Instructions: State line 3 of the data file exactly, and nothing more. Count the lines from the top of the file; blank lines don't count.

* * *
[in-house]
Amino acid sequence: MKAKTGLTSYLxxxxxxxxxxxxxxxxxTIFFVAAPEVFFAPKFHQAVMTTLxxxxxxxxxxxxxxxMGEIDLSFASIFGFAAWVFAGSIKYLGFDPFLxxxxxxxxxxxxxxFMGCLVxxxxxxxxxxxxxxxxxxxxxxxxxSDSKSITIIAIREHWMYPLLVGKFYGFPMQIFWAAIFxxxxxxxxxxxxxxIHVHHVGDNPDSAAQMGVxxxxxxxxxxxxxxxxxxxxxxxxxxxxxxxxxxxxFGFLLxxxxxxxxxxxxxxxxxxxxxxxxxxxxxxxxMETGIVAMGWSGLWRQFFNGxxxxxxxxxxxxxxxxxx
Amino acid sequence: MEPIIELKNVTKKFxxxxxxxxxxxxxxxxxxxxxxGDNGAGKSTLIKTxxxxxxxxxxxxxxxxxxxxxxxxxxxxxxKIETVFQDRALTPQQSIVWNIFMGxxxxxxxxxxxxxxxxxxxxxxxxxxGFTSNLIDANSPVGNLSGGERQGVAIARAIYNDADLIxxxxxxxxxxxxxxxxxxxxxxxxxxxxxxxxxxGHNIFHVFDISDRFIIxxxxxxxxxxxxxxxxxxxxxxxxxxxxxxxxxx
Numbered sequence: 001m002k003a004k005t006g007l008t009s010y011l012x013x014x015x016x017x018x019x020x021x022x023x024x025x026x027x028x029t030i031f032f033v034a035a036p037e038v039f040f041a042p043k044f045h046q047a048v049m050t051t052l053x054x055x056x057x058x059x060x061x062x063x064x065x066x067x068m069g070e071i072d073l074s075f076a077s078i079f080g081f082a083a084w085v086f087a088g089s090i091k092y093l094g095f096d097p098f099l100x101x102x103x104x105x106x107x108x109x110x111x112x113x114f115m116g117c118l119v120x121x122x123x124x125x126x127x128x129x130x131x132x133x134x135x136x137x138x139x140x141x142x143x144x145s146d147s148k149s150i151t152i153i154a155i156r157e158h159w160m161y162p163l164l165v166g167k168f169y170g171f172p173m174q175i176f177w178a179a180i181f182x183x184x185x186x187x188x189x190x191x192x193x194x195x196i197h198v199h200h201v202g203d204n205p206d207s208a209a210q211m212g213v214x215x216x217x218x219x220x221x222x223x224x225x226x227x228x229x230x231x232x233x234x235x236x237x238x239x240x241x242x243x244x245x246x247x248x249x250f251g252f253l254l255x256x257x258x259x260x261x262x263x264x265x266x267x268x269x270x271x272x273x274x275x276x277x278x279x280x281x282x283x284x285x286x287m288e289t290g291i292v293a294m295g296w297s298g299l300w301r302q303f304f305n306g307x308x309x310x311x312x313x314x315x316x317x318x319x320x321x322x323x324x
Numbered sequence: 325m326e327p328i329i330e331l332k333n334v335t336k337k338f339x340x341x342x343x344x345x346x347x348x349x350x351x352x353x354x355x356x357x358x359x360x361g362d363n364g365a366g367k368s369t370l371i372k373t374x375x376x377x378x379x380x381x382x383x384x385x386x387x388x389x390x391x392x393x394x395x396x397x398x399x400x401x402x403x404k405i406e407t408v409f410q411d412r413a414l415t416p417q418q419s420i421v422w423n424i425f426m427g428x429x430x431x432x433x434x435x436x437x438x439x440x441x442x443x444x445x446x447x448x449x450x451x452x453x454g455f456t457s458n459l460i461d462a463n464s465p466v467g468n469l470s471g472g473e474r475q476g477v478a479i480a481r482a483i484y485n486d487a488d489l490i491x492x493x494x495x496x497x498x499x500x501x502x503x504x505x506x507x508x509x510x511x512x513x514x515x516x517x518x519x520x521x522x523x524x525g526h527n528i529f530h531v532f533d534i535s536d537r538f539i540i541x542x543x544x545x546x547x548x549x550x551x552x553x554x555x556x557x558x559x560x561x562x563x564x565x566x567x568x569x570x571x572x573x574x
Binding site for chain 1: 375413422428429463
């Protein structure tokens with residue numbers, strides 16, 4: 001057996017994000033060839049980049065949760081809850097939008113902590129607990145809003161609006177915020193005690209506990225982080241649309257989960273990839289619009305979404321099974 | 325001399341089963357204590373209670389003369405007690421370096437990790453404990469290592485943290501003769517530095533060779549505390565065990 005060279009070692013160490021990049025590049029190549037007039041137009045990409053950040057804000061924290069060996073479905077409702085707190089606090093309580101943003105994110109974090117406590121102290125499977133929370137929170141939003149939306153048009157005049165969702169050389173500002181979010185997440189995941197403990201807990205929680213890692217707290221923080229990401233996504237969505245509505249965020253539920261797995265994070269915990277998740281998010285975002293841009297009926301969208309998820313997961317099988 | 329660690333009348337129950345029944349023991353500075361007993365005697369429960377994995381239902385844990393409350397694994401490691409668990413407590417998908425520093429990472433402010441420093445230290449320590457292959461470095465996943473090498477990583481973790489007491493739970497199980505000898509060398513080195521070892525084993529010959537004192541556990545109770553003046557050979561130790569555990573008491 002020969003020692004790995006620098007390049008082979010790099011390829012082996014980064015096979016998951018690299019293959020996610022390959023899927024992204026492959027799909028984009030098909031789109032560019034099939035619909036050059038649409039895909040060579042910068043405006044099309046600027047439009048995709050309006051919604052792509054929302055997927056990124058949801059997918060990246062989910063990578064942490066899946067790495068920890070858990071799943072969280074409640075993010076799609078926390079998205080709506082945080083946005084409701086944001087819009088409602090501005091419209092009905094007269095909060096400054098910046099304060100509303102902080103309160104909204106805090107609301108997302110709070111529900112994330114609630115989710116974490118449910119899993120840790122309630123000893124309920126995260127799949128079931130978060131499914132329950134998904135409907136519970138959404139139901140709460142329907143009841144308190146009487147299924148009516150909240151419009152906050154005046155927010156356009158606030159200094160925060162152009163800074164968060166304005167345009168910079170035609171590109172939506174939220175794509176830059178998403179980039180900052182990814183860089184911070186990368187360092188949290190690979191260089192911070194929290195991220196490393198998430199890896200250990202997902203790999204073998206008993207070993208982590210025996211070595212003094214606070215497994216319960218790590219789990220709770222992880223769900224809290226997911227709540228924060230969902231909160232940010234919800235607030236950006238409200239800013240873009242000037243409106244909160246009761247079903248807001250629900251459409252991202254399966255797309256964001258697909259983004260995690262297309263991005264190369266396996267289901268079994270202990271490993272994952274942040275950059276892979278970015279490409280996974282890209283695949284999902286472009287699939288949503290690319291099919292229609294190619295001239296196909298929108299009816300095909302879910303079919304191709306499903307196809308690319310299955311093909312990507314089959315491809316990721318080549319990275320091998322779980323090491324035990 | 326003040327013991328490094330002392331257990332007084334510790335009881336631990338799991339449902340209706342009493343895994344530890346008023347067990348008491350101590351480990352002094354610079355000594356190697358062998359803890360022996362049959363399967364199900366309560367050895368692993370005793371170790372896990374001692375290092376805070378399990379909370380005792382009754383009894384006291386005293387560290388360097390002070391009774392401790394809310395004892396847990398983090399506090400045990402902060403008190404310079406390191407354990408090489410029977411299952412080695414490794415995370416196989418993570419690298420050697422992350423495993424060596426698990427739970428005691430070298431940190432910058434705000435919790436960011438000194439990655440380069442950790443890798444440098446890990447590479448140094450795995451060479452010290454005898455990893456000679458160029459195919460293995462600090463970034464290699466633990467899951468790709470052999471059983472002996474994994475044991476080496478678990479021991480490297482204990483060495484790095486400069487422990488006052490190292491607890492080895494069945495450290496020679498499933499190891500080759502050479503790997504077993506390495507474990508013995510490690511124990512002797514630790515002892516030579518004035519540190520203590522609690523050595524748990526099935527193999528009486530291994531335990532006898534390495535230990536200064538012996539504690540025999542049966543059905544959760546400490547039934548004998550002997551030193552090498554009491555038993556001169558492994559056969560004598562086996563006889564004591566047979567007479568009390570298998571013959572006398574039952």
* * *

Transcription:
Amino acid sequence: MEPIIELKNVTKKFxxxxxxxxxxxxxxxxxxxxxxGDNGAGKSTLIKTxxxxxxxxxxxxxxxxxxxxxxxxxxxxxxKIETVFQDRALTPQQSIVWNIFMGxxxxxxxxxxxxxxxxxxxxxxxxxxGFTSNLIDANSPVGNLSGGERQGVAIARAIYNDADLIxxxxxxxxxxxxxxxxxxxxxxxxxxxxxxxxxxGHNIFHVFDISDRFIIxxxxxxxxxxxxxxxxxxxxxxxxxxxxxxxxxx